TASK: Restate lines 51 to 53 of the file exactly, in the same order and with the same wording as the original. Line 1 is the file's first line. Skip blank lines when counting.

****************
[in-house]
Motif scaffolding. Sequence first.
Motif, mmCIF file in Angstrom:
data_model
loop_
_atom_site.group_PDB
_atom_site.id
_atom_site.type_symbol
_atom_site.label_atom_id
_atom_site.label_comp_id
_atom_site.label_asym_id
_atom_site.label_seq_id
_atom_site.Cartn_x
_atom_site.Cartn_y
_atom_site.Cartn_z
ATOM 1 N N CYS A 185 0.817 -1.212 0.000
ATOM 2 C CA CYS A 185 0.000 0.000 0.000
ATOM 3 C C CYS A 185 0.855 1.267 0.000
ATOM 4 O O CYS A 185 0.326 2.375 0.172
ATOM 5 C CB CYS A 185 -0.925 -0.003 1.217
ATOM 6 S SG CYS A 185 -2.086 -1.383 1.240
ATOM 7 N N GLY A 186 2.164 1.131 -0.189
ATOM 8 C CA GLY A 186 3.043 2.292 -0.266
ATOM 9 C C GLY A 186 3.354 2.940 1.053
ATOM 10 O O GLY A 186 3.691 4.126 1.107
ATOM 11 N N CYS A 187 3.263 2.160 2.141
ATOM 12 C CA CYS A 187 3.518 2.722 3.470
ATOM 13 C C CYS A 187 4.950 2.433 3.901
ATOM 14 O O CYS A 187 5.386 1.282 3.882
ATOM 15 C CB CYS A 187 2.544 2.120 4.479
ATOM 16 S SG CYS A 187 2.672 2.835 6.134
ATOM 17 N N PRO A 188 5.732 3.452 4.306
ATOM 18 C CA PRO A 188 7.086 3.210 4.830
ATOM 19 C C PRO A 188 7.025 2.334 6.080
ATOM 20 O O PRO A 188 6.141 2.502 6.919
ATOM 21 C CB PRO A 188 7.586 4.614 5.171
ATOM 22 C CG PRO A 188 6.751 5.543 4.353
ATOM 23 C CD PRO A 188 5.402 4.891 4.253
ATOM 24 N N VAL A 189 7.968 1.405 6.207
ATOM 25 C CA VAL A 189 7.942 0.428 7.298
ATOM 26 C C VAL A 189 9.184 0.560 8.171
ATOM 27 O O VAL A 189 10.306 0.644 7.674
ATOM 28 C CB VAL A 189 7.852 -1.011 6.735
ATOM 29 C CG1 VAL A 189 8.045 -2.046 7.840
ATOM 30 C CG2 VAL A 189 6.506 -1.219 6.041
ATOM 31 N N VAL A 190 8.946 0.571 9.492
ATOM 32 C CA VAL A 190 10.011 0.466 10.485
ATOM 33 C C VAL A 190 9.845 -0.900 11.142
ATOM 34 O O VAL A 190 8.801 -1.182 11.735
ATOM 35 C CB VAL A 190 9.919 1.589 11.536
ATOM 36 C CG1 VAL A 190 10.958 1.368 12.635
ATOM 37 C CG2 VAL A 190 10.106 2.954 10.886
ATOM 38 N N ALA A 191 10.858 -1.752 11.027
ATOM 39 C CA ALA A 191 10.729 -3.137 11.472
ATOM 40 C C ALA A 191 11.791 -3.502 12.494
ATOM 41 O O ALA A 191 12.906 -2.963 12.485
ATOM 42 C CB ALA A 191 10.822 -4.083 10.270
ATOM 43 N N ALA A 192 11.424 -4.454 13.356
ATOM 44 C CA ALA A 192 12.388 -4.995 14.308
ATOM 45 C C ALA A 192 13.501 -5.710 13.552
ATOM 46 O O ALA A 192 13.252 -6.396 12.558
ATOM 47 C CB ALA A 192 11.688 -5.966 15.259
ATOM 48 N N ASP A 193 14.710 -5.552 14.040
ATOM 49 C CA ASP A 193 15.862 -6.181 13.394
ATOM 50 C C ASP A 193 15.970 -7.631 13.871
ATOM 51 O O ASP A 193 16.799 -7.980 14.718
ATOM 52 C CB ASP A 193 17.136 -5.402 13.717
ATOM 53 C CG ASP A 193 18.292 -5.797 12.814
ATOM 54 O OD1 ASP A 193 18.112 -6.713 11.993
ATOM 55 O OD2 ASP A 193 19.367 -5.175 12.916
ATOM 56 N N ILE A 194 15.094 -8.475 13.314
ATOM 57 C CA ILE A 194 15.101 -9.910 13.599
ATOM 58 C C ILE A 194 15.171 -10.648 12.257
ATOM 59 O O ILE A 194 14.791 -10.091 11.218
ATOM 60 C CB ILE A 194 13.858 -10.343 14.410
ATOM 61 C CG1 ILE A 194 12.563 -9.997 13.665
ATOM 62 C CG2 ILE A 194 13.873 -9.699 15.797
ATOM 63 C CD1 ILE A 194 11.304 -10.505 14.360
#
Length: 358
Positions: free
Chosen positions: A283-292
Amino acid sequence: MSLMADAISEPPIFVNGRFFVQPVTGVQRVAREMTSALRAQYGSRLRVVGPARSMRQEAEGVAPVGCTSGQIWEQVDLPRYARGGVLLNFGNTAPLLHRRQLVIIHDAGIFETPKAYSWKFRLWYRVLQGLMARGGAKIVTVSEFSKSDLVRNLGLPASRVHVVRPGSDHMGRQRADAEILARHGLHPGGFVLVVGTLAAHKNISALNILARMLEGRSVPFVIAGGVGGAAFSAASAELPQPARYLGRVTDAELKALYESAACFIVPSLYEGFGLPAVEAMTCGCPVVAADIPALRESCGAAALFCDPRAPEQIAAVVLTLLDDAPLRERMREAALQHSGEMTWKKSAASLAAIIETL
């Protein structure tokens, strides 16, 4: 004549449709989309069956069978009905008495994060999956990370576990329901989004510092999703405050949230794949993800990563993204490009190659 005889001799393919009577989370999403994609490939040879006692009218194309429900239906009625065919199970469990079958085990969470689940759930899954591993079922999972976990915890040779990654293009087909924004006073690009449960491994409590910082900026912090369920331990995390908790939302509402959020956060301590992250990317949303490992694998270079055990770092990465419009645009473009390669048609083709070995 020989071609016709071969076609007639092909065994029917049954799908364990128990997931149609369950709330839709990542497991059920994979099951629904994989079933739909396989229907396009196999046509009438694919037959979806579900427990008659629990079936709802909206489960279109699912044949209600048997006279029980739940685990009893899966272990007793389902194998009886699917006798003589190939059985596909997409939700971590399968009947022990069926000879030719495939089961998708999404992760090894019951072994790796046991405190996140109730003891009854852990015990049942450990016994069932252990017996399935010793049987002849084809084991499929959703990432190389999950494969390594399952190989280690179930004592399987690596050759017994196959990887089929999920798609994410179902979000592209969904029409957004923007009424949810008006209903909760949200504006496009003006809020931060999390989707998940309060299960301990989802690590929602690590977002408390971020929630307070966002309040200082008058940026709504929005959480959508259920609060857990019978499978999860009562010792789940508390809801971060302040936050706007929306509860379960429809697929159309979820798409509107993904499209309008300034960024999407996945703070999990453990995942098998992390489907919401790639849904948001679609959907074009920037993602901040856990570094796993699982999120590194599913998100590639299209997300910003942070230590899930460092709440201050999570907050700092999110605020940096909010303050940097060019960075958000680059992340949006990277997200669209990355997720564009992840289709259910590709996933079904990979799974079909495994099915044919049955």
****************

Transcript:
ATOM 36 C CG1 VAL A 190 10.958 1.368 12.635
ATOM 37 C CG2 VAL A 190 10.106 2.954 10.886
ATOM 38 N N ALA A 191 10.858 -1.752 11.027